Jesus is not like Olaf (Ord 7a)

rideau-de-glace-4 One of my more trying experiences was having to sit through two hours of the movie Frozen.  Certainly Frozen has some really cool things like ice explosions and Disney princesses:  but it also has a guy called Olaf – no doubt very cute for 5 year olds, but fairly annoying to 35 year old men.  One reason is that Olaf goes through life being a cutesy happy-clappy pollyanna who gets repeatedly  blown up by his enemies.

Jesus can sometimes seem irritating in the same way:  if anyone hits you on the right cheek, offer him the other as well; if a man takes you to law and would have your tunic, let him have your cloak as well.  I mean, really?  If our child gets hit at school, will we tell him he should next time offer the other cheek as well?  If someone sideswipes my 1969 Holden HT Monaro GTS 350, do I drive it over to his place saying “Please sir, you missed this side, here is a screwdriver to annihilate my paintwork.”?  

Why does Jesus talk like this?  As usual, the difficulty is not with Jesus but with us.  When he gets slapped on the cheek for talking back to the High Priest, he doesn’t offer his other cheek, but says  if I have spoken rightly, why do you strike me?  Clearly then Jesus is for justice and self-defence, and not about being a defenceless fluffball.

What he does mean goes to the heart of today’s readings: to become like God by loving everyone regardless of what they do – even to me.  While this too sounds silly and unjust, a little reflection shows us how sensible Jesus’ teaching really is.  For what would a society look like which is consumed with people avenging each other?  It’s dangerous – a society which lives like gangs.  The same can be said for people who harbour hatred.   Of course, we can sometimes have good reason to hate someone – but if we allow our just anger to become a consuming hatred, it consumes us, and our life, and poisons our relationships with those we love.  And the cycle continues.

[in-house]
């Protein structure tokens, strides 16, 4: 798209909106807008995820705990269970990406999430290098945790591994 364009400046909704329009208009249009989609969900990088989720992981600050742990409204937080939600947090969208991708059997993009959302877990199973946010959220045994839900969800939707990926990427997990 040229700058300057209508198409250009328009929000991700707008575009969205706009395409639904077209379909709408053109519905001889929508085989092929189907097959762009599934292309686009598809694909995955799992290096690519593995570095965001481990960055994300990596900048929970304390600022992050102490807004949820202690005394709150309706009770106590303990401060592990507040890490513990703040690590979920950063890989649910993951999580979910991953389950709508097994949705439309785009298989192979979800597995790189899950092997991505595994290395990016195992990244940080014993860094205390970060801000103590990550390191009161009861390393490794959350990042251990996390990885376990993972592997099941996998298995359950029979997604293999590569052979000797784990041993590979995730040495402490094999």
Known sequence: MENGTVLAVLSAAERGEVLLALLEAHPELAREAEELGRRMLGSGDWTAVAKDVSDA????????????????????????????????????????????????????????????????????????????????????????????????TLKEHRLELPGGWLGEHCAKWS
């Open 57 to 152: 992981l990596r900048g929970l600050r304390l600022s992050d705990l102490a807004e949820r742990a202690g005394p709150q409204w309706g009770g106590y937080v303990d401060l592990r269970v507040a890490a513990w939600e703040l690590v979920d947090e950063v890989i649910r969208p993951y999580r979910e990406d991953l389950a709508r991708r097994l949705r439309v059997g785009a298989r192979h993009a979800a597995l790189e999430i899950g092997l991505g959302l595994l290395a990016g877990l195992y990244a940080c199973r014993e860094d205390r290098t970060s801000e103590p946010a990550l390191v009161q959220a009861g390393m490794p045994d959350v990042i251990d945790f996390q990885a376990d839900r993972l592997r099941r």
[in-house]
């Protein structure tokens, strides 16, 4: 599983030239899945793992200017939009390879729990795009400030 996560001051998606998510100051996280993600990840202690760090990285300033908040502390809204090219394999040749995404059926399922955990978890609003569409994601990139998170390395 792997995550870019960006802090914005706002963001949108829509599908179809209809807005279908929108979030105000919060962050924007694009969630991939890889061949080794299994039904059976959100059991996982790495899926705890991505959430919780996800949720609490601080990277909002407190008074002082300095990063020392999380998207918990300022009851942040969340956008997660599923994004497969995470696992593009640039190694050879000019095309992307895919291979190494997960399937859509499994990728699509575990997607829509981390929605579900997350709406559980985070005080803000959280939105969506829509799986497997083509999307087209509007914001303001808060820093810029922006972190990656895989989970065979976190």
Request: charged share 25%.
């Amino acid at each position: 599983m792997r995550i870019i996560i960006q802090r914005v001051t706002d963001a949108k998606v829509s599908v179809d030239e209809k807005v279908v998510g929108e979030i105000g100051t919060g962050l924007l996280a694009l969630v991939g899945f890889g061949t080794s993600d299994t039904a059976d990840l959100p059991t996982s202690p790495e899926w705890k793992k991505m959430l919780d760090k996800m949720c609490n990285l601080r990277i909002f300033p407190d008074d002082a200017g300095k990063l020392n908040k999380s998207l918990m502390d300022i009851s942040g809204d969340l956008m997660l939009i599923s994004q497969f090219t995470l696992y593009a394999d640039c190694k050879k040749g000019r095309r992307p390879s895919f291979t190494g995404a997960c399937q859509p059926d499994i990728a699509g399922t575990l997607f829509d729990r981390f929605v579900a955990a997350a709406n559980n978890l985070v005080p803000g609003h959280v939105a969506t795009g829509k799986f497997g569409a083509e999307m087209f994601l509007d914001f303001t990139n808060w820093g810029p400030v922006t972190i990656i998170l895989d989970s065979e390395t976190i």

A second reason is that even when we try to get back at them in a ‘just’ way, we tend to go too far.  Just look at the arguments we have.  We disagree, then what the other has said cuts us a bit too much, so we cut them back a bit but they think that is too much, so they cut back more…you see?  Being sinners, we can’t help ourselves.

And a third reason is of course that if we are determined to impose a just punishment on the other, shouldn’t then God do the same to us?  We offend God all the time.  Wouldn’t he be in his rights then to punish us in this life or the next?  That’s what Hell is: justice for those who do evil.  Hell is another reason why we should hesitate getting obsessed about our offender: because don’t worry – justice is coming to them.  God will punish them for what they have done to us, and if they don’t change, they will burn: as St Paul teaches us, If anybody should destroy the temple of God, God will destroy him, because the temple of God is sacred; and you are that temple.

Loving our enemies doesn’t mean we pretend we weren’t hurt, or we force ourselves to have a feeling of love, or even, with big things, to forgive immediately.  But it does mean deciding to reject hatred, asking God to help me forgive one day because it’s too hard, and even making a small act of love for that person each day, be it a tiny service, or simply saying a Hail Mary for them each day.  These kind of actions, while painful, are also hugely liberating.  I discover there is more to me than my hurt, and I become free to do the right thing regardless.  To be released from evil – to be like God.